Re: the future of teaching

Anj Petto (ajpetto@MACC.WISC.EDU)
Sat, 24 Sep 1994 10:45:50 -0600

Even if faculty WANT to develop their skills as consummate teachers,....

We met with our dean to set up a program to encourage teaching excellence
in our faculty. He made it clear that there was a real problem for
tenure-track faculty to concentrate on teaching. Here are the tenure

1) A national reputation in research (as evident in publications in
peer-reviewed journals);
2) A national reputation for teaching (evidence for this is harder to come
by, especially for the junior faculty who are new at it and have to worry
about tenure);
3) Community service (as evident in volunteer activities, advisory and
consultative positions, directorships and other such associations).

So, it is easiest to show that one has accomplished 1 and 3; it is nearly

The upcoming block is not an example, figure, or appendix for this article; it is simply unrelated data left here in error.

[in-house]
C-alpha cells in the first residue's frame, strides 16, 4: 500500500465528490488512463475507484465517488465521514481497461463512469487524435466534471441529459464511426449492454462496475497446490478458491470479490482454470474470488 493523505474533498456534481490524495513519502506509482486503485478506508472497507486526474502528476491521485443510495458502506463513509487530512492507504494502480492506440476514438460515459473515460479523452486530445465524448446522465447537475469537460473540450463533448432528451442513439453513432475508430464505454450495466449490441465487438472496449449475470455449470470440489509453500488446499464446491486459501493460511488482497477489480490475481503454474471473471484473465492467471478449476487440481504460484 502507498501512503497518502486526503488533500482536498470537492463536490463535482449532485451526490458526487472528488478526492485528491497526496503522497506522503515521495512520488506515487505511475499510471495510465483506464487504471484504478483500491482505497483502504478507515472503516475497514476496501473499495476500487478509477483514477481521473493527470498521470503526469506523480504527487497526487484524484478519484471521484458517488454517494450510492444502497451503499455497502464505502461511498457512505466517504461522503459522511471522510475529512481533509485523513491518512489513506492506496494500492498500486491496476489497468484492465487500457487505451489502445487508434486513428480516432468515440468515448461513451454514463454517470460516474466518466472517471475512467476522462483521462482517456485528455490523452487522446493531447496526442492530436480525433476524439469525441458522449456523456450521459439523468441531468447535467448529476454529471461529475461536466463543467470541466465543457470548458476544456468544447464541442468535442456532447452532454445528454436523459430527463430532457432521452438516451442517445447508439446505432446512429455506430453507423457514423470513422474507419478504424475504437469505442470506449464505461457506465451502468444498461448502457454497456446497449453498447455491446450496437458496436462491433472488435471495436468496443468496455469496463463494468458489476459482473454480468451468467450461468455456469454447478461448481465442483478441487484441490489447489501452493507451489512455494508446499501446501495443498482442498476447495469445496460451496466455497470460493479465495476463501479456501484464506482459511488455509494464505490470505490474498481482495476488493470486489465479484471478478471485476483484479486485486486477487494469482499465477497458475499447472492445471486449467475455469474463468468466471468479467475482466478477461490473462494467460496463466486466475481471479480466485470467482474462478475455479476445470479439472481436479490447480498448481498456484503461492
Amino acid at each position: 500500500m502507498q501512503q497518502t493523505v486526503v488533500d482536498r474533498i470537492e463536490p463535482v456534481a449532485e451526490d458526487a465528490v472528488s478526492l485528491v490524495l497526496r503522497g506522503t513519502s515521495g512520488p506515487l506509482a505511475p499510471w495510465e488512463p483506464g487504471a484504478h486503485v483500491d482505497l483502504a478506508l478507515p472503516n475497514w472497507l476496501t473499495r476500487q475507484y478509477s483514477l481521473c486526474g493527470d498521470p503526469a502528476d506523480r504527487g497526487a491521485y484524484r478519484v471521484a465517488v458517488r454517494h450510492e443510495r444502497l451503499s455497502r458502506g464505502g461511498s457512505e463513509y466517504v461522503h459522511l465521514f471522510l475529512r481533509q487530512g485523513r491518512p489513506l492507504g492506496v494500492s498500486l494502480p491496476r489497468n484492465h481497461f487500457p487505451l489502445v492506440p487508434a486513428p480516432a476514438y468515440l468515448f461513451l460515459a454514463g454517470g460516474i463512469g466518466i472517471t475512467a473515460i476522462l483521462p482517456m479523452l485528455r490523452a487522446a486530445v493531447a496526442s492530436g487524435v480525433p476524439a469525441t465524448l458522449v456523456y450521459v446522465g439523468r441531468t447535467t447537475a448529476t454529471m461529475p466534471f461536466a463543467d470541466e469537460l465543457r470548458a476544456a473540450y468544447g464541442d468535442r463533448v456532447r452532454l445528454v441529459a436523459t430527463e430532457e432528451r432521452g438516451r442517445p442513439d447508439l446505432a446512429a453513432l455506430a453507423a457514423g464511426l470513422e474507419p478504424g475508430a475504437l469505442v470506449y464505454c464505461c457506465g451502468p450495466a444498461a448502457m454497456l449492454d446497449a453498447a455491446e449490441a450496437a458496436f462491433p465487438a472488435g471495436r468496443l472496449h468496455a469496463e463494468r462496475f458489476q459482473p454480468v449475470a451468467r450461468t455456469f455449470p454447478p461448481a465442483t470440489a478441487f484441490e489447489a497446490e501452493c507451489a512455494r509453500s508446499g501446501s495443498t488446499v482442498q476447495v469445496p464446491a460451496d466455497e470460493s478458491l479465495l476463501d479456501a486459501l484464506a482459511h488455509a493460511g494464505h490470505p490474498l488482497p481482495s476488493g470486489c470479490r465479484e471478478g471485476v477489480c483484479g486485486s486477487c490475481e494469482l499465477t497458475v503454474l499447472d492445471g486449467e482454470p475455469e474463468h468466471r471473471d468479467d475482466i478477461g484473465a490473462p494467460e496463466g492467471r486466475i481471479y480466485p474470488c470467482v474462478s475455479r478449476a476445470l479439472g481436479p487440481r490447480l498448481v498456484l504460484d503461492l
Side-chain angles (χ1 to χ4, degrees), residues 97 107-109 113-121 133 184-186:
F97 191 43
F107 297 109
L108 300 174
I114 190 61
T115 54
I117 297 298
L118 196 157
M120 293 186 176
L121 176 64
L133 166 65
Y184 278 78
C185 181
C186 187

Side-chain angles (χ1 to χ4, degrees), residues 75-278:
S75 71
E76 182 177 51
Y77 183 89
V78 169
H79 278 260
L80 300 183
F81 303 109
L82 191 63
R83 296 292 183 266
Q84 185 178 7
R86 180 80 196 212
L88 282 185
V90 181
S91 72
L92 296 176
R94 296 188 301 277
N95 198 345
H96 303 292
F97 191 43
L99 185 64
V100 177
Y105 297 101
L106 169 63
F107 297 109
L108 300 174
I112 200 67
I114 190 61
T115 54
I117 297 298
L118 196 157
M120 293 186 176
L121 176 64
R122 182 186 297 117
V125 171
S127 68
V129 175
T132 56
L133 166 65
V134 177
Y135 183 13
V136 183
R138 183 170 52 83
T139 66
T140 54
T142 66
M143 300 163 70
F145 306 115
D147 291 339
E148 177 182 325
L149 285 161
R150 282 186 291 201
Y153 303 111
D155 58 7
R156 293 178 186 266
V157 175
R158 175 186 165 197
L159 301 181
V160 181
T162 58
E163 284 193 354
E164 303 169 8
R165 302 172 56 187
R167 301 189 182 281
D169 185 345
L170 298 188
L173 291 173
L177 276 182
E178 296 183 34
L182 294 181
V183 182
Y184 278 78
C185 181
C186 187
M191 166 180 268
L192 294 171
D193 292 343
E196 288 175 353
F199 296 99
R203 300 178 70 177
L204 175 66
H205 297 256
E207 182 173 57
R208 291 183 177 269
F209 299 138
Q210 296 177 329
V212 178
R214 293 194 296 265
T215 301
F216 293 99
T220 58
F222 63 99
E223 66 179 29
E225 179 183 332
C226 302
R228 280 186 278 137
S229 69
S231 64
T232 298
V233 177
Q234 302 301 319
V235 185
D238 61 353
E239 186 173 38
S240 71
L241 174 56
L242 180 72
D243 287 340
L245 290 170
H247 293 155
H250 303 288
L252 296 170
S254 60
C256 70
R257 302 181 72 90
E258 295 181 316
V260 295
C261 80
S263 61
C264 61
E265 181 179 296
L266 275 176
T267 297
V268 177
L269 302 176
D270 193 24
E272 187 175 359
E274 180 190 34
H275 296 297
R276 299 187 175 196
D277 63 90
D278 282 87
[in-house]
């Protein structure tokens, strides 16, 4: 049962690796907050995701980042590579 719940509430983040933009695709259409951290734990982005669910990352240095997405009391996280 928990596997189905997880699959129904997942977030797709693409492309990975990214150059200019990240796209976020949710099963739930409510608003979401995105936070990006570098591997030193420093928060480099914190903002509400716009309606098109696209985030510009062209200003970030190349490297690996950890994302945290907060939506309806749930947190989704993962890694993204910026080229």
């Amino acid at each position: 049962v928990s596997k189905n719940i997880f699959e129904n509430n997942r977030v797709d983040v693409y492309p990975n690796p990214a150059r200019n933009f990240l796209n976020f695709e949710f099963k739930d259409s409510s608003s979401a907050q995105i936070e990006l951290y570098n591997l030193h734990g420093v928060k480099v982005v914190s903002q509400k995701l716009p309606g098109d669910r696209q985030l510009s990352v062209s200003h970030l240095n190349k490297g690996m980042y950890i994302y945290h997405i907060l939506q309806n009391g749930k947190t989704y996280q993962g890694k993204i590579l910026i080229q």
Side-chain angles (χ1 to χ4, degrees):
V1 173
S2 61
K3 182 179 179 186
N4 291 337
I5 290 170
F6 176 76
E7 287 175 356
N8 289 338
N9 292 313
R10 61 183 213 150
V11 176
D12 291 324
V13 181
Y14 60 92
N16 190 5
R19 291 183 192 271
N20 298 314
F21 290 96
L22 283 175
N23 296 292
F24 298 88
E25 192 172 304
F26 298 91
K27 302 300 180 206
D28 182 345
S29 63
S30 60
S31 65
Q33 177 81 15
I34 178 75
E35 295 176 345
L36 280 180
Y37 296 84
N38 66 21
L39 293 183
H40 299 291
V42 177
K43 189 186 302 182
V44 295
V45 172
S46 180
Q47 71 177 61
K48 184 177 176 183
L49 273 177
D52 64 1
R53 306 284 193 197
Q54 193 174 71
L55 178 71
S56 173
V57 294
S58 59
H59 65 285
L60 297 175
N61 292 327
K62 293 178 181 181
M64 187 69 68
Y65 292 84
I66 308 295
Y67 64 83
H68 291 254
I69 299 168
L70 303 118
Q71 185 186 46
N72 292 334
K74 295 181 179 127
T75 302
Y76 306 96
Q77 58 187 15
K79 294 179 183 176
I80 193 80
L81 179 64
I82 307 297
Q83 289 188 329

impossible to demonstrate 2 -- especially in that it doesn't matter how
well one teaches ONE'S OWN CLASSES and students at THIS university. Just
being the world's best teacher won't get you tenure here (or a lot of other
places), the world has to acknowledge you somehow. And in your first 4-5
years of full-time university teaching, how likely is that?

At least it is clear what sort of teaching excellence is valued and how it
might relate to tenure cases. Until the departmental and divisional tenure
committees change these criteria, good teaching is not going to be
encouraged and nurtured, despite warm fuzzy pronouncements of high
university officials.


Andrew J. Petto, PhD
Associate Director
Center for Biology Education
666 WARF, University of Wisconsin
610 North Walnut Street
MADISON WI 53705-2397

Voice: 608.263-0478
Fax: 608.262-0014
Bitnet: ajpetto@wiscmacc